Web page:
Department of Energy:
Value of Benefits Paid to Separated Contractor Workforce Varied Widely
RCED-97-33, Jan 23, 1997
Pursuant to a congressional request, GAO reviewed the Department of Energy's (DOE) workforce restructuring plans, focusing on the: (1) types and amounts of benefits provided to separated employees; (2) distinctions DOE made in determining who should receive these benefits; (3) extent to which the contractors at DOE's facilities have to rehire workers or replace them with others having similar skills, because the downsizing was not targeted sufficiently to retain critically needed skills; and (4) steps DOE has taken to oversee the implementation of the plans.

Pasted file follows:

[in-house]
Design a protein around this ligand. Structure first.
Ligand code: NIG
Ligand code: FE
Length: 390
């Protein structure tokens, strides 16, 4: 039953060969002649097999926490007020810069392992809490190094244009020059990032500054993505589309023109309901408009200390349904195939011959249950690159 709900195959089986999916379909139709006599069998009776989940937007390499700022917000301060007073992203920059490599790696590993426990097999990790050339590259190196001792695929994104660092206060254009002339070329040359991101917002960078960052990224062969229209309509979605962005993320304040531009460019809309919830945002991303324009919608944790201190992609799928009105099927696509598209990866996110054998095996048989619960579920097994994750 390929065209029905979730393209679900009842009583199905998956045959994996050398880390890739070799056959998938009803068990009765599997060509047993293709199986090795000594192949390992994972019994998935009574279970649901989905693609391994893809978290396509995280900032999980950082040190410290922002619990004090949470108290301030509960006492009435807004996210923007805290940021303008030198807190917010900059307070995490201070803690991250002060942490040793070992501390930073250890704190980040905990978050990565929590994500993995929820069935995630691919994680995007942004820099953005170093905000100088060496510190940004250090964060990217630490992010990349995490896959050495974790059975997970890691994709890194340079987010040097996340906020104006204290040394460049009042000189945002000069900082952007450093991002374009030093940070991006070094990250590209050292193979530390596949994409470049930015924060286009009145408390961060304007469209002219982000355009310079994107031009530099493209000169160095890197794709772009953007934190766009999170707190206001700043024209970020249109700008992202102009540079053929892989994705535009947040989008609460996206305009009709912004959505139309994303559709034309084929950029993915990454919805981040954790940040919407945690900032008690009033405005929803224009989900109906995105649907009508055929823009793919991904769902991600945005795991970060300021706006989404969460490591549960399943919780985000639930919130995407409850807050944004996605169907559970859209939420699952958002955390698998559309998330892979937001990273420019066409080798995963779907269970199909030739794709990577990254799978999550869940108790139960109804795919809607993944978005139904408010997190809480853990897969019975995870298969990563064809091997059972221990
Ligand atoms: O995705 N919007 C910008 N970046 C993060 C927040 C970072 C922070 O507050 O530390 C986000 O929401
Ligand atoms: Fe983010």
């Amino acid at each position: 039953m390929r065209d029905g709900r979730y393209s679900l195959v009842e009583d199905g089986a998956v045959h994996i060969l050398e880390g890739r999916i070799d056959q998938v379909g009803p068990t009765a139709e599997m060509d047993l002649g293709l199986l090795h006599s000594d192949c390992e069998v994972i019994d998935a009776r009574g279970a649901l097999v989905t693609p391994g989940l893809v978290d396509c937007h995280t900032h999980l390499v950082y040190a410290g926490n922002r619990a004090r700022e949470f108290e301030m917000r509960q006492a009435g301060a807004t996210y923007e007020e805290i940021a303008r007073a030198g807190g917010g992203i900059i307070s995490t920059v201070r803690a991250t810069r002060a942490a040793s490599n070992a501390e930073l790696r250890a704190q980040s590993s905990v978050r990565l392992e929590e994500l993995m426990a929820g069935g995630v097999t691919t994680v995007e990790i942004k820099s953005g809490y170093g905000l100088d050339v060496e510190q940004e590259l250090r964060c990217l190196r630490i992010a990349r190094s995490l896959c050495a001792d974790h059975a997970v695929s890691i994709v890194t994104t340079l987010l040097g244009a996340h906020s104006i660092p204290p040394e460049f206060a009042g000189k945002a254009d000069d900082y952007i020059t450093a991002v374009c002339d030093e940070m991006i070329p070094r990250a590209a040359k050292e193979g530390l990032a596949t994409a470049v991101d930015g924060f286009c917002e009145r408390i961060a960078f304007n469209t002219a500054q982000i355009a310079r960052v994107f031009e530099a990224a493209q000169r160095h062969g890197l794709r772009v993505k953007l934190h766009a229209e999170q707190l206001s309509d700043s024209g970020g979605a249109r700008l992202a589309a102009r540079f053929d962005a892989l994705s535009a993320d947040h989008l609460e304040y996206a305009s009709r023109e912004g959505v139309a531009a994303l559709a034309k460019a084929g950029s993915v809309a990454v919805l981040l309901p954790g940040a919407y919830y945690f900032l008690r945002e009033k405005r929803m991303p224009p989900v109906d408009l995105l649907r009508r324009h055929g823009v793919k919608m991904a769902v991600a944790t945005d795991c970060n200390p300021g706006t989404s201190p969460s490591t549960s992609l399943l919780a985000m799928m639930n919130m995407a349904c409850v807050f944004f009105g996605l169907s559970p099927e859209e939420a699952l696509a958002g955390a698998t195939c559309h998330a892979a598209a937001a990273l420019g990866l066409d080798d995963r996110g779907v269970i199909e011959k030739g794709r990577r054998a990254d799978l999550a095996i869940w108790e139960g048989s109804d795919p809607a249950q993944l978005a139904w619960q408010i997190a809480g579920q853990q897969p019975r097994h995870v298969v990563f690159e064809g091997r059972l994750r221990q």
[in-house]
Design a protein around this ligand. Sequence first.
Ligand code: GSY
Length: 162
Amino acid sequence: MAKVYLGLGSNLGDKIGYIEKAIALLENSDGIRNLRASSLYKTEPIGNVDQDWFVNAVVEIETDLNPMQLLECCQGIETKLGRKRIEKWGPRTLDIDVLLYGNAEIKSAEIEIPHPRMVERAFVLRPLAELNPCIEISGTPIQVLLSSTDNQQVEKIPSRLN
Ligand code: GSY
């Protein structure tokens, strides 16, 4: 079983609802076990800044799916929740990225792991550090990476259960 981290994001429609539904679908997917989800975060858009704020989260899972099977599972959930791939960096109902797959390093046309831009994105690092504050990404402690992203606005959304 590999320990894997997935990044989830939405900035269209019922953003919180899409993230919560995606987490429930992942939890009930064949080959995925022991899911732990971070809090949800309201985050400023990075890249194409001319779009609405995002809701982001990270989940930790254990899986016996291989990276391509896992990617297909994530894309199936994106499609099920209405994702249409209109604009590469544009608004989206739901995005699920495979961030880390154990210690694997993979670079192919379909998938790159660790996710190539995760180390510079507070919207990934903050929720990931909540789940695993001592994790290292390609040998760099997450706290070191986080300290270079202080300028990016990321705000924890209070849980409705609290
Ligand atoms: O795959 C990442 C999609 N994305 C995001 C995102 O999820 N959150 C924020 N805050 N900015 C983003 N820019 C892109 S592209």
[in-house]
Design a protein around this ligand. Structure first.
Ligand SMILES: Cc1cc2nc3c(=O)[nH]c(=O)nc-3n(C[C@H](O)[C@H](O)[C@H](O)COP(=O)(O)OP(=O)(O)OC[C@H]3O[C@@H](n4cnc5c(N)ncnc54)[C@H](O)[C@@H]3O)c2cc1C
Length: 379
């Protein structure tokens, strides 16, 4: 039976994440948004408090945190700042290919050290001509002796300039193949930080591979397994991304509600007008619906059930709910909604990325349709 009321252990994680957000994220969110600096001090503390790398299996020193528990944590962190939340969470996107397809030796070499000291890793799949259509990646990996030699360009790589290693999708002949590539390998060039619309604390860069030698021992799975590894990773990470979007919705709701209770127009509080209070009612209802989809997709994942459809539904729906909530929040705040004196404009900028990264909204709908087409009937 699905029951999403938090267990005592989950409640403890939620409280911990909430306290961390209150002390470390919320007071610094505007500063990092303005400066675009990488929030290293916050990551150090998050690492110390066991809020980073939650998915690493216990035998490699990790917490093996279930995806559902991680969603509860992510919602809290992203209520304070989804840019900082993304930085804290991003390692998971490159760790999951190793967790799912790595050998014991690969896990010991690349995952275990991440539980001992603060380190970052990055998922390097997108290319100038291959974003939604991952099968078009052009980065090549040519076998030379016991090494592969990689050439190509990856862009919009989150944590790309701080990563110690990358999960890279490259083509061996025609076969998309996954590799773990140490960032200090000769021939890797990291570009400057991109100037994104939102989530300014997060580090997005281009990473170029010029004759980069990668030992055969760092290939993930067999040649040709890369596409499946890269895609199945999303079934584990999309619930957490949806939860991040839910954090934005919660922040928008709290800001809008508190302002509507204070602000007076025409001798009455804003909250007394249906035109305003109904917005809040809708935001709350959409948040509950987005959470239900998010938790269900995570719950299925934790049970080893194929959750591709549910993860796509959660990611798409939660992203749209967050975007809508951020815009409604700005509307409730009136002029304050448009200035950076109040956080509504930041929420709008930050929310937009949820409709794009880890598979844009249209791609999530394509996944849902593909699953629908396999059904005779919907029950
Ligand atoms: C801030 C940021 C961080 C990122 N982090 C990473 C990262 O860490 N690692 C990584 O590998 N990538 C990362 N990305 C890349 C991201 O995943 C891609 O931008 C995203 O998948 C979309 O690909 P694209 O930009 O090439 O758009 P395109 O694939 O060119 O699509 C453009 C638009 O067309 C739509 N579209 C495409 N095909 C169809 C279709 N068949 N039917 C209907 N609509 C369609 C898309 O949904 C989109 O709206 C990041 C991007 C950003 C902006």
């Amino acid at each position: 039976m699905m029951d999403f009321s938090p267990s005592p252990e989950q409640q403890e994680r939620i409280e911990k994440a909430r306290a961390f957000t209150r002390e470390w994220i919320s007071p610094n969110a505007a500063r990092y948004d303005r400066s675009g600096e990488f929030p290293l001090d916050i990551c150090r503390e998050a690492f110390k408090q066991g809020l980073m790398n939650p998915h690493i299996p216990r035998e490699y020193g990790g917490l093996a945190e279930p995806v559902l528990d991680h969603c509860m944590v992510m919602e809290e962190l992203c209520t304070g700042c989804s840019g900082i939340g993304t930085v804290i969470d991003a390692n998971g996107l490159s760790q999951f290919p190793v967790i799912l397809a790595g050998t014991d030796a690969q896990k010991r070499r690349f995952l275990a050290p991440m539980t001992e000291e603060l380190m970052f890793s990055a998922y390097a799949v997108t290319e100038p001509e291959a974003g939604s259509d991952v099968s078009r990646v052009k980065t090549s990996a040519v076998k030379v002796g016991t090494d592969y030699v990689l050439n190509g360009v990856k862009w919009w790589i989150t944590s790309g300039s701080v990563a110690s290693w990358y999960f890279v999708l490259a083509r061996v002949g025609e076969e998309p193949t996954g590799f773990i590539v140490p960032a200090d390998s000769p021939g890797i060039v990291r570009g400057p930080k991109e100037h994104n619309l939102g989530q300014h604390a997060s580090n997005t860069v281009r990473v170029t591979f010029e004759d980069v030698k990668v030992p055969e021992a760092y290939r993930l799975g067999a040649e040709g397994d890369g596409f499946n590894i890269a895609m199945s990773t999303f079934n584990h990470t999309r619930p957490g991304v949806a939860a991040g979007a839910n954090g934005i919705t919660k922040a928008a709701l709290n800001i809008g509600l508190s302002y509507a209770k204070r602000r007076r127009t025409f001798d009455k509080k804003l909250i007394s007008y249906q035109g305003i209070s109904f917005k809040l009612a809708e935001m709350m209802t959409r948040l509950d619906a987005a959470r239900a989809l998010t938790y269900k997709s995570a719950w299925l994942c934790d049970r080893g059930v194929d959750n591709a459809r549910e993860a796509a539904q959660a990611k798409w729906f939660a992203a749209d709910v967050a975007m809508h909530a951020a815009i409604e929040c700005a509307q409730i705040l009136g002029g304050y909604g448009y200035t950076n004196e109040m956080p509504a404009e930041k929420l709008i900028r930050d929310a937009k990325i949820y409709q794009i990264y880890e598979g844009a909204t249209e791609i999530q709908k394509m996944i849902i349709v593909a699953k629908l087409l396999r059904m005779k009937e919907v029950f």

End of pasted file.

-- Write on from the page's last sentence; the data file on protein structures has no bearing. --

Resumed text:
GAO found that: (1) the 23,800 contractor employees separated since 1993 under DOE's workforce restructuring plans have received an average of $25,600 in benefits; (2) about 88 percent of the costs were for enhanced retirement incentives or severance pay; (3) although similar benefits were offered at most facilities, the value of these benefits varied considerably among locations, reflecting the considerable discretion given to each facility in determining how best to reduce its workforce; (4) more than half of the workforce restructuring plans provided more generous severance pay than would have normally been provided by the contractors under existing contracts, and almost all plans provided other benefits not normally provided by the contractors, such as extended medical insurance; (5) the benefits provided under the plans exceeded those that would have been provided to federal employees in a reduction in force; (6) DOE's guidelines provide that the consideration of specific benefits for contractor employees should take into account both available funding and whether the employee was hired prior to the end of the Cold War, but most plans made no distinction in the benefits provided to employees hired during the Cold War and those hired after the Cold War ended; (7) the preliminary data for fiscal years (FY) 1995 and 1996 suggest that DOE's facilities have improved their ability to retain critically needed skills during downsizing; (8) early restructuring at some facilities resulted in subsequent hiring to fill vacated critical skill positions; (9) while data are not available on the number of critical skill positions that were refilled during FY 1993 and 1994, DOE's preliminary data for FY 1995 and 1996 indicate that about 2 percent of the positions vacated had to be refilled; (10) DOE provides limited oversight over how contractors implement workforce restructuring plans; (11) according to DOE officials, once the workforce restructuring plans are approved, the responsibility for implementation is left with the contractors and little monitoring is done by DOE program personnel; and (12) reviews by DOE's Office of Inspector General and others of DOE's early restructuring efforts have identified problems with the awarding of benefits.